After falling one game short of the World Series last fall, it appears Watney’s second year as team reporter will be a major storyline this spring and perhaps beyond as fans increasingly embrace her presence and impact on the team. Yet with the season opener closing in fast, it is a storyline that has fallen by the wayside.
“I was down at Sullivan’s Tap before the B’s game the other night. All anyone could talk about was ‘Tek’s ballpark adjusted OPP (sic), negative age 35-plus career arcs and batting average on balls put in play. I’m sick of talking about last year,” says Flynn. “The handwringing over offensive production? I don’t know, that ship sailed for me a long time ago.”
When Baseball Prospectus came out with its annual season projections in early February, Flynn admits being surprised there was no projection of “games worked” for Watney similar to the plate appearance forecasts BP provides for individual players. Once he took a closer look at the BP projections, however, Flynn put the omission into context.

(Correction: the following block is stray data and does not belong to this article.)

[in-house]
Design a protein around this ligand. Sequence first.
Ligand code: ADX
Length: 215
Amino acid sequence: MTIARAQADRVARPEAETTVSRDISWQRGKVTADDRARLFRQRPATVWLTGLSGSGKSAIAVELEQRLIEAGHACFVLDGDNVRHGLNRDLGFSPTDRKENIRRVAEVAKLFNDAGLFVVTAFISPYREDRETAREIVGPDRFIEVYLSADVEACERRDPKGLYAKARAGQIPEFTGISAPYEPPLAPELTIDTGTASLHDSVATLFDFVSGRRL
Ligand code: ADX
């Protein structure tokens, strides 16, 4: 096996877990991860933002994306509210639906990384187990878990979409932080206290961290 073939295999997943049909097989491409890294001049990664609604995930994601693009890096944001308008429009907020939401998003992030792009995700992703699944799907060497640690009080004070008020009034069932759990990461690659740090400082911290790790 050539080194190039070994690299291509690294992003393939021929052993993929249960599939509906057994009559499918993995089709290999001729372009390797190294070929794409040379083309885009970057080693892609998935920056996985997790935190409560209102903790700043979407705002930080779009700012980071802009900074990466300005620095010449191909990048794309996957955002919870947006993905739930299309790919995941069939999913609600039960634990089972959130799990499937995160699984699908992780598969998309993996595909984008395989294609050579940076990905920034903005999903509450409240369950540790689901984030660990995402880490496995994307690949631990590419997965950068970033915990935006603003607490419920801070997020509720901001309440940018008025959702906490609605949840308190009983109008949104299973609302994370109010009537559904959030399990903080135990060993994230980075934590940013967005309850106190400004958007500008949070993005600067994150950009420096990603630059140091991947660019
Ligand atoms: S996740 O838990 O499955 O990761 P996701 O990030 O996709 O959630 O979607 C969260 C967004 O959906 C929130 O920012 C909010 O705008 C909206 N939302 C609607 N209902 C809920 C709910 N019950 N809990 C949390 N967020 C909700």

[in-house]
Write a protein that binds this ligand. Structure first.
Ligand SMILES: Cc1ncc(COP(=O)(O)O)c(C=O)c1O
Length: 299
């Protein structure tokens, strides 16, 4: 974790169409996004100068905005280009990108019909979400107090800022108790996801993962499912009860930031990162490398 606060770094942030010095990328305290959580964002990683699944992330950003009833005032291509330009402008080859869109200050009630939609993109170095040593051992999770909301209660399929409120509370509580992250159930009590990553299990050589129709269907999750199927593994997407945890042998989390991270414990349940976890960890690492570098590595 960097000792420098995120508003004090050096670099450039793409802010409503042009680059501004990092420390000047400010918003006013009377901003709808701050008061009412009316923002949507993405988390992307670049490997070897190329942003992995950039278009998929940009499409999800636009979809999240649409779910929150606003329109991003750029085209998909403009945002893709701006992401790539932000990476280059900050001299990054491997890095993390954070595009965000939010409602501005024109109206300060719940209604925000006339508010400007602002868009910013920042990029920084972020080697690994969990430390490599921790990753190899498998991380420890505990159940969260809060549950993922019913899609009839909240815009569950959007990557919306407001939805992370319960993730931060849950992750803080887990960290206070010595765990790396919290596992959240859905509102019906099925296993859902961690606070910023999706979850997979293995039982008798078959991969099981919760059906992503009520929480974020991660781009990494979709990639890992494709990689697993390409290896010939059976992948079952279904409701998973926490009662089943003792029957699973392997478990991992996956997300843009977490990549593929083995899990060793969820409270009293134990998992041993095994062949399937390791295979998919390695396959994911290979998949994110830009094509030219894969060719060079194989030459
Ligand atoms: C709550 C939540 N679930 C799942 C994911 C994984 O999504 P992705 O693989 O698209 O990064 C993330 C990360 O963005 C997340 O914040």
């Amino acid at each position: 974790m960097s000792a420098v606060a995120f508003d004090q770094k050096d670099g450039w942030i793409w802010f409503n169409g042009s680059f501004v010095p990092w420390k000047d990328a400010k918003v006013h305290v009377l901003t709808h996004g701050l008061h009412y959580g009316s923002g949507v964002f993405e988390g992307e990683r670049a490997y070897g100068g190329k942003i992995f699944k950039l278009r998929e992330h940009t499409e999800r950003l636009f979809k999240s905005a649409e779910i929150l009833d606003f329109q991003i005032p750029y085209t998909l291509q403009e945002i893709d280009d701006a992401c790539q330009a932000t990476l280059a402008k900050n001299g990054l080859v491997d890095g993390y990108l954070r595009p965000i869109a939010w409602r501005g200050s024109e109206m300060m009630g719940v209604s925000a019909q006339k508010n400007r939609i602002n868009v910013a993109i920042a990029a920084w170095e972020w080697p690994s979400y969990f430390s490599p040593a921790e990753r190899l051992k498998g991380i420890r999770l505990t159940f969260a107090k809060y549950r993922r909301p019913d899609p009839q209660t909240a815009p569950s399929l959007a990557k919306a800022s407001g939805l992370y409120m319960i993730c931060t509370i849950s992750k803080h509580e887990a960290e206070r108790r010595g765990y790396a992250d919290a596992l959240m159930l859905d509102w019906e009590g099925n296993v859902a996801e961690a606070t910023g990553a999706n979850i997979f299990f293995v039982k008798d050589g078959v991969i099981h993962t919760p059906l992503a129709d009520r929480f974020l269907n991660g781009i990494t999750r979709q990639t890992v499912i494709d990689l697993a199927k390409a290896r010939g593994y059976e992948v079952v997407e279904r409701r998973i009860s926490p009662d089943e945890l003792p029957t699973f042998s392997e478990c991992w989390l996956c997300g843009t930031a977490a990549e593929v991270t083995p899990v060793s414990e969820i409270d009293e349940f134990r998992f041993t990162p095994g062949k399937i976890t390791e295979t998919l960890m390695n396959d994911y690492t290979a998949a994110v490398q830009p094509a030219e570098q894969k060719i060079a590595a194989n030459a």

“They (BP) got Youk batting .270 and Ortiz driving in only 89 ribs?,” he says. “Obviously anybody who thinks Lowell’s only gonna hit 15 dongs isn’t too much of an expert.”
He defers when asked to give his take on the durability questions about David Ortiz and Mike Lowell heading into the season. Indeed, other than his cranberry bogs, only one thing seemed to be on Flynn’s mind as spring training nears its conclusion.
“That kind of dirty blond hair and blue eyes? The sleeveless tops she wears on those hot, humid days at the park…Yeah, I’d say I’m a fan.”